For the last two weeks I busily worked on a new addition to Domain Pigeon that would let visitors sort the domain names by pronounceability, as determined by folks on Mechanical Turk. I was excited. It was an innovative way to help people find great domain names and it gave me an excuse to post another link to it on HackerNews.
And so, on Monday morning I posted it on HackerNews: Finding Great Domain Names using Mechanical Turk.
I eagerly awaited feedback, refreshing the comments every few minutes.
Well, things did not go as planned. You know that feeling you get when you take a test and you’re so sure that you got an A that you tell everyone how well you did, but when you get it back you find out that you actually got a D? That was Monday, kind of.
In this case, it was more like the teacher couldn’t grade the test because he couldn’t read your handwriting.
Here’s a snapshot of the comments:
Oops! That Page Doesn’t Exist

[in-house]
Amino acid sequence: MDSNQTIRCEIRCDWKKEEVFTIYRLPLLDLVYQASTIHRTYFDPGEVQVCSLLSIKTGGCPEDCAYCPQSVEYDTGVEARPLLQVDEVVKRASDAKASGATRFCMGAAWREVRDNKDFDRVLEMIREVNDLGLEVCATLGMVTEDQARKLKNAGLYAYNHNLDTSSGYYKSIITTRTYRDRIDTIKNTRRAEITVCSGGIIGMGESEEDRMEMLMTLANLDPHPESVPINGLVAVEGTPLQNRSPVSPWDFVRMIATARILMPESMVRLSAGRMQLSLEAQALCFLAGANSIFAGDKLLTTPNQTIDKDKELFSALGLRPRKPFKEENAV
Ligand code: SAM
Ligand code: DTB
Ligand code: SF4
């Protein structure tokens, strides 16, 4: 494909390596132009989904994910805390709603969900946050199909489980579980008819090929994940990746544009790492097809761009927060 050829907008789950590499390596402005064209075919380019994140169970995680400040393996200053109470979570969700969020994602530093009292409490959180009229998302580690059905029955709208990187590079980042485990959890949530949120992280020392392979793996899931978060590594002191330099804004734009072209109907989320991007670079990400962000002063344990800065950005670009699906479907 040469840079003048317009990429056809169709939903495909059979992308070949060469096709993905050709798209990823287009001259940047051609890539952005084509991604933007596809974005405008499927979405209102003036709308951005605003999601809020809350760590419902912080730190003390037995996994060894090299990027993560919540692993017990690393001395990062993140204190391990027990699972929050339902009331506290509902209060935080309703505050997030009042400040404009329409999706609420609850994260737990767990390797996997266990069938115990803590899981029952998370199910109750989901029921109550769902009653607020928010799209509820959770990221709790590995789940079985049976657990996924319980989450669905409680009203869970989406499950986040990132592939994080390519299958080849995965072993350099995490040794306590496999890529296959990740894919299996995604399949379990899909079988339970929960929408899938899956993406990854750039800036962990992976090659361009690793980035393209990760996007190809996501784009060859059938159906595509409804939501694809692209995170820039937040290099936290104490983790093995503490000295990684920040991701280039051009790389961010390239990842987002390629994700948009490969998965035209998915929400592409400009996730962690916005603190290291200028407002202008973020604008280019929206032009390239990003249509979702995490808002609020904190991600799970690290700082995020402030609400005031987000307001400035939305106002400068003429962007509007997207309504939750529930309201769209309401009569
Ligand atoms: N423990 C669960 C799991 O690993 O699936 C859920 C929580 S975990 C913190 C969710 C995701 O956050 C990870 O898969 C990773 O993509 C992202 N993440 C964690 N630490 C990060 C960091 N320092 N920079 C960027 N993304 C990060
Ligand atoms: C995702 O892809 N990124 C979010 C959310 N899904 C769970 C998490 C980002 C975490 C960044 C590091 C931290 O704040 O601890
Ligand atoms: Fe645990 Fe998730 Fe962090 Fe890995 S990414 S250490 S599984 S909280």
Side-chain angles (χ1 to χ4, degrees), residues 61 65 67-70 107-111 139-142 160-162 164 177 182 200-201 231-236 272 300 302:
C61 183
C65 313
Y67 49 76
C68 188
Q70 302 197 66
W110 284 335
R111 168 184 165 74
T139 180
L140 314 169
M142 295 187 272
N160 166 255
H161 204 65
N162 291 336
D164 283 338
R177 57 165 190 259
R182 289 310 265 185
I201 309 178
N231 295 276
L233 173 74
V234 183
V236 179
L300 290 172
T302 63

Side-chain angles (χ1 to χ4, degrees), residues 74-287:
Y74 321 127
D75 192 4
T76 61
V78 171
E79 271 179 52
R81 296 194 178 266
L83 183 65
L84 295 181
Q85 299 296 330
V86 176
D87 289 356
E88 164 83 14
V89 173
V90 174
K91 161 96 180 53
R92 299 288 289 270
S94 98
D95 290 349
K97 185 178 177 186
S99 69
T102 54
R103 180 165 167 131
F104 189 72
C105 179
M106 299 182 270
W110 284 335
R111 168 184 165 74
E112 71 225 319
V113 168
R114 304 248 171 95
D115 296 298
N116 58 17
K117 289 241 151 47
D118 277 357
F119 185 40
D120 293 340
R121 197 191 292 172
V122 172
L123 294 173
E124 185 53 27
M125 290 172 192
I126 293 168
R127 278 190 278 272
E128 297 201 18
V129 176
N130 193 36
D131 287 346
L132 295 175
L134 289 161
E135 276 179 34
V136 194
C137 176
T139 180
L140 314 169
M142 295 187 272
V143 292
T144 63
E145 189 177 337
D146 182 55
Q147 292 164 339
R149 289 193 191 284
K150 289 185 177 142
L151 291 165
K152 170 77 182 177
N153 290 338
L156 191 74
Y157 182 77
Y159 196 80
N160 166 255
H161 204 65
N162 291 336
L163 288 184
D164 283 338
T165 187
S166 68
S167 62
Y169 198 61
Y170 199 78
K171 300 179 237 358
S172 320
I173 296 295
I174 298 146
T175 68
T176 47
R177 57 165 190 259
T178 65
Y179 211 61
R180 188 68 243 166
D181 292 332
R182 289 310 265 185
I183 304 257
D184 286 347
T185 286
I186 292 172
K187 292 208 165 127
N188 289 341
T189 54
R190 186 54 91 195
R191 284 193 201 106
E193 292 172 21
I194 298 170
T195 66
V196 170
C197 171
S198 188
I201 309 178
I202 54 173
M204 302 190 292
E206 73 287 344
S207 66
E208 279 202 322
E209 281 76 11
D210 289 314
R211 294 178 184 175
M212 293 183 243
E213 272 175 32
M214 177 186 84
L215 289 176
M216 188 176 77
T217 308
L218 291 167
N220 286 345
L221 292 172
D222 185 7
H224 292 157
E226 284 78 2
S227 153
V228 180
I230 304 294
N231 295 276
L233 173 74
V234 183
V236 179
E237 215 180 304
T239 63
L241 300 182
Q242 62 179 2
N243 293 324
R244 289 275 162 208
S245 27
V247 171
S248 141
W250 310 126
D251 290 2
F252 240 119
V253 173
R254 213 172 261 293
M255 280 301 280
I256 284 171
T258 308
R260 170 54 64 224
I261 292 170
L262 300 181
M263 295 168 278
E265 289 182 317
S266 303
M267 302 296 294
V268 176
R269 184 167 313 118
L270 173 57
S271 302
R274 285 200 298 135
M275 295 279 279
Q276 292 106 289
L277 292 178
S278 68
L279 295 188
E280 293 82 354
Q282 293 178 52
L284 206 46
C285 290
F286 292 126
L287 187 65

You may have mistyped the address or the page may have moved.
Please contact email@example.com if you have any questions or concerns.
Ugh. Domain Pigeon wasn’t loading for a lot of people and for those that were lucky enough to get through, it was about as slow as me picking up country line dancing.
A few hours later I received the following email, which really drives home the impact it was having:
I hate it when that happens…
I had come back from PayPal and clicked the complete order link, when I
got the Passenger error screen. (Probably a security hole, too.)
Did I actually pay or not?
The worst part was that it was probably avoidable. At first I blamed the problems on the heavy traffic and using a shared host, but I later discovered that the likely culprit was a 238 MB log file which I had been remiss in clearing.
In total I got 2 sign ups on Monday and 1 on Tuesday, just enough ($120) to cover the costs of the Mechanical Turk experiment ($106).
I can’t help but think about how many it would have been if the site had worked well.